Harvey Weinstein is talking about making a docu depicting Syrian refugee camps, but Ossama Mohammed, an outspoken critic of Bashar al-Assad’s regime, has already made one about Syrian atrocities, “Silvered Water, Syria Self Portrait,” in which the horror is told directly by 1001 Syrian men and women documenting it daily with their cell phones.
“Silver Water” screened at Cannes out-of-competition, the only Arab film in the fest’s official selection.
“For all the people, demonstrating against Assad was an explosion of cinema. People screaming ‘Freedom! Freedom!’ and filming for the first time,” Mohammed said. “It was a revolution of cinema, of images, of expression.”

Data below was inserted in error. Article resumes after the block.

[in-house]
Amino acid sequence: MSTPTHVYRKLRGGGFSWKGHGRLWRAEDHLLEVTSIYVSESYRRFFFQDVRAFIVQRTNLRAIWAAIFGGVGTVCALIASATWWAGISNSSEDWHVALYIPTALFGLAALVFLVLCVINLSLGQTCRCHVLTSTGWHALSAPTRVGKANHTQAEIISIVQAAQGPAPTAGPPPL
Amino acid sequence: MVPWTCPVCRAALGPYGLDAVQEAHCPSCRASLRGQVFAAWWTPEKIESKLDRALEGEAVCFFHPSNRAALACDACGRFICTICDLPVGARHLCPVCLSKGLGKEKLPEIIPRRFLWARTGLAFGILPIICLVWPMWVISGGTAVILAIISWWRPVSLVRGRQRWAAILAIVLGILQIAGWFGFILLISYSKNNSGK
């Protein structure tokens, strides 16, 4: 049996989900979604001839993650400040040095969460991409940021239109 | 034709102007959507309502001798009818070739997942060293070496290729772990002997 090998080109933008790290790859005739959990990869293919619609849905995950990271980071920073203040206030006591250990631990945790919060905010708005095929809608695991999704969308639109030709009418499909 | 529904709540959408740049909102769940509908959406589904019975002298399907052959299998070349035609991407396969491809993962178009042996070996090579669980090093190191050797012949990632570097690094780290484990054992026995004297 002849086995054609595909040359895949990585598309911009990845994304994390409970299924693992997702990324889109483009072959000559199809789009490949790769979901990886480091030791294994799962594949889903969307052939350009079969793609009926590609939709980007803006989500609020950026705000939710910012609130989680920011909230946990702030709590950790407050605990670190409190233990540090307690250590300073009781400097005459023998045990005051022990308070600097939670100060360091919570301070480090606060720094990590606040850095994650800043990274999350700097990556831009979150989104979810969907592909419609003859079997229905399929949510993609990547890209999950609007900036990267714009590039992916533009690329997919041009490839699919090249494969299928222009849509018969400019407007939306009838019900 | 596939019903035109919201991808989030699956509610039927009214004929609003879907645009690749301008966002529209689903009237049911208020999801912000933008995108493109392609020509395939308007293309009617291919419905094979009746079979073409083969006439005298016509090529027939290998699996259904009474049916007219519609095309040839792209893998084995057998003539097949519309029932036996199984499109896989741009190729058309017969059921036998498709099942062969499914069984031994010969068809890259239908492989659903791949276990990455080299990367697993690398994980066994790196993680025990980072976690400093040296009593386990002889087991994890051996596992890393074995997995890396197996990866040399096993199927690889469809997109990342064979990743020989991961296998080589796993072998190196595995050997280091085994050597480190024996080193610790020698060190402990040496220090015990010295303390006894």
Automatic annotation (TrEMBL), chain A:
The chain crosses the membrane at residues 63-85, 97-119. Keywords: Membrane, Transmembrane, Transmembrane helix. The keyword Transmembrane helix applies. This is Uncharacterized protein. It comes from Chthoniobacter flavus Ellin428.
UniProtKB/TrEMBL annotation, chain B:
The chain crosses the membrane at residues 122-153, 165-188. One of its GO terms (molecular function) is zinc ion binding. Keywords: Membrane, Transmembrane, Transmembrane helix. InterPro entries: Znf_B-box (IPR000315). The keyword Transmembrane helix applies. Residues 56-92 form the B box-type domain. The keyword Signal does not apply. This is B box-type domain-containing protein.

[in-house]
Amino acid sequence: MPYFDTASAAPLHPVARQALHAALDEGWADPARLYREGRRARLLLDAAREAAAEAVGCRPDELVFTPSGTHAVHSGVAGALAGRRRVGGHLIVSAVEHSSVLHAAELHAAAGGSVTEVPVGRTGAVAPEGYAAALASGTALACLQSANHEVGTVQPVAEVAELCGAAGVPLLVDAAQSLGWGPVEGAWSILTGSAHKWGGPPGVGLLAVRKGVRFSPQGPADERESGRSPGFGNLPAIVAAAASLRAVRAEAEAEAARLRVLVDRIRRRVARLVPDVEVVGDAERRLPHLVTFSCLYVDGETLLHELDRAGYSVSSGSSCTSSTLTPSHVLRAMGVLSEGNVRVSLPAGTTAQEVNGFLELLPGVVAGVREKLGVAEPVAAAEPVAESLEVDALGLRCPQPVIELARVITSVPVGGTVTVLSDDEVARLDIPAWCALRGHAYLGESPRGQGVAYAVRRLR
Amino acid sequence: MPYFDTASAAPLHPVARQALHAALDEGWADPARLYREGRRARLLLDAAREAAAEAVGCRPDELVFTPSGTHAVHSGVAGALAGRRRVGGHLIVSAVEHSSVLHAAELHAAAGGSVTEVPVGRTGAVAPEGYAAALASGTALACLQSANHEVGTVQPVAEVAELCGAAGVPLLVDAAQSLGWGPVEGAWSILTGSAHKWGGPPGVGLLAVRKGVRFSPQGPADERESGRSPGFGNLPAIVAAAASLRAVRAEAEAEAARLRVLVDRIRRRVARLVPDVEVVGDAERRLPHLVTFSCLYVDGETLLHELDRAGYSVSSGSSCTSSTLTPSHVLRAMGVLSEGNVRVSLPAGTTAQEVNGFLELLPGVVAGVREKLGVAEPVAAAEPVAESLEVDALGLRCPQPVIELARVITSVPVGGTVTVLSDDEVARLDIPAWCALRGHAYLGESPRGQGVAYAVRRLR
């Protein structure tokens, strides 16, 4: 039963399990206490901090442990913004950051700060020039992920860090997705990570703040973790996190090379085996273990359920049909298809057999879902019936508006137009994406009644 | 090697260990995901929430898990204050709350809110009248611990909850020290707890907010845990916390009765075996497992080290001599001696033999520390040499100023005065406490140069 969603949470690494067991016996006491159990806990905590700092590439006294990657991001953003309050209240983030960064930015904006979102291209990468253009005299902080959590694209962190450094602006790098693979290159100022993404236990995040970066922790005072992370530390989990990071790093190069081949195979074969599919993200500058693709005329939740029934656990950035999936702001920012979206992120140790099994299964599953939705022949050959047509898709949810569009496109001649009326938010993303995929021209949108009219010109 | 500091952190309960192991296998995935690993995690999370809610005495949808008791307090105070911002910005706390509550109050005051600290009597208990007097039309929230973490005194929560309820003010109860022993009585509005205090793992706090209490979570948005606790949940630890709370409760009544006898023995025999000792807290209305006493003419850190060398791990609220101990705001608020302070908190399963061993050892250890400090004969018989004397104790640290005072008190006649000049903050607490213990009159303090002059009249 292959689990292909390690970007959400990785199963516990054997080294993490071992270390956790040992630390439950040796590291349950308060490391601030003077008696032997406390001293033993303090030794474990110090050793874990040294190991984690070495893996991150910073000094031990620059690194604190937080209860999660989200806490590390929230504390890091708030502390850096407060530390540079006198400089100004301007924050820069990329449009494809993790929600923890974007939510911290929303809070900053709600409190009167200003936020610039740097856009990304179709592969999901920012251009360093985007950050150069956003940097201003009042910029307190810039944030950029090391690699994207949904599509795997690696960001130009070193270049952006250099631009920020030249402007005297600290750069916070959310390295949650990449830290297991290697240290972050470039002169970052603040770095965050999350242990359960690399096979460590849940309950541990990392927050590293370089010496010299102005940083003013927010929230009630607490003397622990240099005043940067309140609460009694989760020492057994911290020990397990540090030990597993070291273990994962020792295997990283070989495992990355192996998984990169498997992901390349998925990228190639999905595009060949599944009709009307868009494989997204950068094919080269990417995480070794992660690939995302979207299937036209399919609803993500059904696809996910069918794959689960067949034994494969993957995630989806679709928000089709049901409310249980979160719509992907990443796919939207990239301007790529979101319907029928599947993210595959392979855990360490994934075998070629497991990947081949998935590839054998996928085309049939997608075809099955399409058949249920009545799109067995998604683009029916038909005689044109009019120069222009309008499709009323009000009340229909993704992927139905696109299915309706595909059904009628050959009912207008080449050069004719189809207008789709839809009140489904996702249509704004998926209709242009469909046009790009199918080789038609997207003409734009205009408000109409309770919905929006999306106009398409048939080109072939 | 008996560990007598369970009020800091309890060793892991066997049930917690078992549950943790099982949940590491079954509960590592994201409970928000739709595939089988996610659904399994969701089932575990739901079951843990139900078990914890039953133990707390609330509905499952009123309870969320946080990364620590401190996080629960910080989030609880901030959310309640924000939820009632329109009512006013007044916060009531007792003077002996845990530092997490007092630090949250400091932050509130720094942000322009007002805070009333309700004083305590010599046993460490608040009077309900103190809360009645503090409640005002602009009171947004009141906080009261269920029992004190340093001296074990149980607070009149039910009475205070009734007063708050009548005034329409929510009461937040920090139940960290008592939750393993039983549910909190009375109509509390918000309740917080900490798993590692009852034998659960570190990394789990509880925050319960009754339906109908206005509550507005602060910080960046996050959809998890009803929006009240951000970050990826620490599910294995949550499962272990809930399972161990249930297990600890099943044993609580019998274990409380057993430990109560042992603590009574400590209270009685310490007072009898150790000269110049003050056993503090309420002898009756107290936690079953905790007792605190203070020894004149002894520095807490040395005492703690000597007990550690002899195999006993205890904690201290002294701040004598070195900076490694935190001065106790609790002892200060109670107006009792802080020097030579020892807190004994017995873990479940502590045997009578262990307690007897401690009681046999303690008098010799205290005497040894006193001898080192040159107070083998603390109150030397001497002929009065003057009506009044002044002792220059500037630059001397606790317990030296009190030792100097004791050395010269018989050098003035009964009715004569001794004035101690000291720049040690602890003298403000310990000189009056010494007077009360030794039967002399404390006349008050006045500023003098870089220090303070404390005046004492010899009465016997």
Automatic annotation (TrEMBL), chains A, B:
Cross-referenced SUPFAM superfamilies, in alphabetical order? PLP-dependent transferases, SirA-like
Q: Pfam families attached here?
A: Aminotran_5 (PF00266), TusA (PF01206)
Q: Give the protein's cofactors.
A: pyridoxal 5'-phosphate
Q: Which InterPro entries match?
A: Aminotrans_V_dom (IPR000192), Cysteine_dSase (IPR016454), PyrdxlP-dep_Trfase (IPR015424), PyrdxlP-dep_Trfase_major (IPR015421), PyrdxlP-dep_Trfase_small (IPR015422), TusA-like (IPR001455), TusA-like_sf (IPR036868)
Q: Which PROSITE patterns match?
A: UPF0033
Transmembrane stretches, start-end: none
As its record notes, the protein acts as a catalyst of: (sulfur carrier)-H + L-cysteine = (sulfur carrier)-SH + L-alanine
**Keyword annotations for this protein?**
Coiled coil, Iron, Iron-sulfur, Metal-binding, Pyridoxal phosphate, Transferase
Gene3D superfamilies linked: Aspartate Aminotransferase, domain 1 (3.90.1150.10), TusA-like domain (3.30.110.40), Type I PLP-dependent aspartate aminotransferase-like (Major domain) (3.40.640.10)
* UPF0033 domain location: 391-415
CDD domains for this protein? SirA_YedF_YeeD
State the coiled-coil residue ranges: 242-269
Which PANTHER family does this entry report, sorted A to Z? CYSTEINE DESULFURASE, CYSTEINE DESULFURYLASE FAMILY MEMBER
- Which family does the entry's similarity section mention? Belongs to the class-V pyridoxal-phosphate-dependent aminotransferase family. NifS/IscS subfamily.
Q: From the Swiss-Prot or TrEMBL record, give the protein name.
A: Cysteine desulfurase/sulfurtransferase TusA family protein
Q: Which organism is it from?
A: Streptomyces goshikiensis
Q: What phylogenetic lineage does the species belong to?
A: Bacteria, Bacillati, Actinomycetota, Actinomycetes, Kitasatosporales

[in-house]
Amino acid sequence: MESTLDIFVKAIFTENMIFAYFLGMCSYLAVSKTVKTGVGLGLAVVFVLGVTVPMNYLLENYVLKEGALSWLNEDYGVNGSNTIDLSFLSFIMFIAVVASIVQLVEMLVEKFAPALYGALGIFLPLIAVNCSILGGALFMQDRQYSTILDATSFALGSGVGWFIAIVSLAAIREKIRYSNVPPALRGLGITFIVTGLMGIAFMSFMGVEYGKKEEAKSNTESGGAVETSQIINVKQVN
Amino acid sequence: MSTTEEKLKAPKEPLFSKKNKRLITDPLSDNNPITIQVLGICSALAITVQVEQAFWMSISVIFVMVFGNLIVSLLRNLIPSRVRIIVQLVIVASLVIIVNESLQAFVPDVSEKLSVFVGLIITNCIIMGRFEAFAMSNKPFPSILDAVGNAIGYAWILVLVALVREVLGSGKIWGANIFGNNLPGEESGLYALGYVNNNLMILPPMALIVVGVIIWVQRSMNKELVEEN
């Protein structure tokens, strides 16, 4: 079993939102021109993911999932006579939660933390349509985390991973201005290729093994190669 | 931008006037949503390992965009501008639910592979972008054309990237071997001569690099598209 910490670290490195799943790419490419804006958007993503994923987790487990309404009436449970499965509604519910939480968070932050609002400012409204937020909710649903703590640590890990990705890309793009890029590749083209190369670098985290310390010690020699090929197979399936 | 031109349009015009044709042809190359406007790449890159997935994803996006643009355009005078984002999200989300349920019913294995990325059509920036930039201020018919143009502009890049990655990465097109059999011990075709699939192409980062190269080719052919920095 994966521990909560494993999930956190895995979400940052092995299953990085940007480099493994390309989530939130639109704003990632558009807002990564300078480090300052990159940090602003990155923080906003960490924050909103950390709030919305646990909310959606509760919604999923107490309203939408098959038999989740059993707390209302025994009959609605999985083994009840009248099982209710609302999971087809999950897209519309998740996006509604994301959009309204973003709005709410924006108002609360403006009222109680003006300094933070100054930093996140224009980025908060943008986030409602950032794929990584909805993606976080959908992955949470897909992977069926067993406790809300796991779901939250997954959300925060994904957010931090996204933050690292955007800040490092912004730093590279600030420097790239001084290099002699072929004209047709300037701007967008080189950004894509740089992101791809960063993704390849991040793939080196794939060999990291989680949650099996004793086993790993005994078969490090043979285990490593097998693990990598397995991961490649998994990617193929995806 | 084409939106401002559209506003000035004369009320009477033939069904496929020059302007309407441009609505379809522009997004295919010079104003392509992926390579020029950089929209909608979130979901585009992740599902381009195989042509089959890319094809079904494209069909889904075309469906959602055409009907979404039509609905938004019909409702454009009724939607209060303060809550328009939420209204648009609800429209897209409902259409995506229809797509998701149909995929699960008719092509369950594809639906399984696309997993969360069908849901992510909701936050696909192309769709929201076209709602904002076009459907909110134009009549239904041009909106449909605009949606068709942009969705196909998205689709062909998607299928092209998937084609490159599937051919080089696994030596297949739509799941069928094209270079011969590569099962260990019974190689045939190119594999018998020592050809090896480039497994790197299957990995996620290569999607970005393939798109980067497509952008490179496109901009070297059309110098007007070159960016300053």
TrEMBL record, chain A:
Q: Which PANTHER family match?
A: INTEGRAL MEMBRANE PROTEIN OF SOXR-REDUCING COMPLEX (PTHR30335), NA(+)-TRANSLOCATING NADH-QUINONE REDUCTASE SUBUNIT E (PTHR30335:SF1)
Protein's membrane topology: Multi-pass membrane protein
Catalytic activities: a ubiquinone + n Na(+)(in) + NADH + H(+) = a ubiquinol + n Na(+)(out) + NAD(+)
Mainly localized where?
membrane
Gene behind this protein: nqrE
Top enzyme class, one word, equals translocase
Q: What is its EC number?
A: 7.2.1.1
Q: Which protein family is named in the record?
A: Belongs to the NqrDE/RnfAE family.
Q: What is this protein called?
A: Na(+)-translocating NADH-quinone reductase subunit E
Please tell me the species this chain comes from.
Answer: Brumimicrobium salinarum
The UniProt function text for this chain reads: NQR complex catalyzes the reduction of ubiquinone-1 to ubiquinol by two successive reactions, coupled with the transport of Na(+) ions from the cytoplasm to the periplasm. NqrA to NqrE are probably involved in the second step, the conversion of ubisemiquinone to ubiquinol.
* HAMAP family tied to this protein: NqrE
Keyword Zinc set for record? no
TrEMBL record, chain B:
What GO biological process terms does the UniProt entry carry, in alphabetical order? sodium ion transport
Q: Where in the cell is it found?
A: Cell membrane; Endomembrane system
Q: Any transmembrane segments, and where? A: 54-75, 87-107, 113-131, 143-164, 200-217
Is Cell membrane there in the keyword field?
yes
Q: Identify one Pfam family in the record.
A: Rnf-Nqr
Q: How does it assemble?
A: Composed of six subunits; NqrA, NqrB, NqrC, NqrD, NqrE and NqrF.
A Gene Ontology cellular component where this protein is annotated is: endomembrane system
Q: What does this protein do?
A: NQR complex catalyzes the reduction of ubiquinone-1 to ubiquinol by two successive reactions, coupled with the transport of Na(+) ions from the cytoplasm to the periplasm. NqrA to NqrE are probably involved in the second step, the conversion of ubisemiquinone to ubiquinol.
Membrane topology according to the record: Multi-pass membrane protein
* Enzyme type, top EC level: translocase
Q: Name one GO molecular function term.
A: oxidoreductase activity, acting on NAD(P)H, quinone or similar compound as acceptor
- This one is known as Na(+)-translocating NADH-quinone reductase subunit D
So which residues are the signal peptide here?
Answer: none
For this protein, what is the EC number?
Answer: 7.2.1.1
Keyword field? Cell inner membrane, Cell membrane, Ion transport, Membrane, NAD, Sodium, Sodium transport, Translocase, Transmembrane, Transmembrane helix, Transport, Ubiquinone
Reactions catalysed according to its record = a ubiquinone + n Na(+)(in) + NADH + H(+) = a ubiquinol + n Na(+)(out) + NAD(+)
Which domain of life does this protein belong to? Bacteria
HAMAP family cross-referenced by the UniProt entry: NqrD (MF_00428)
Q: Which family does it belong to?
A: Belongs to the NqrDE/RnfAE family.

But, interestingly, the images he used also come from members of Assad’s military forces. In a clear sign of internal rebellion against the regime, the shocking torture scenes at the start of the film were shot “either by a soldier or a secret service officer,” Mohammed said.
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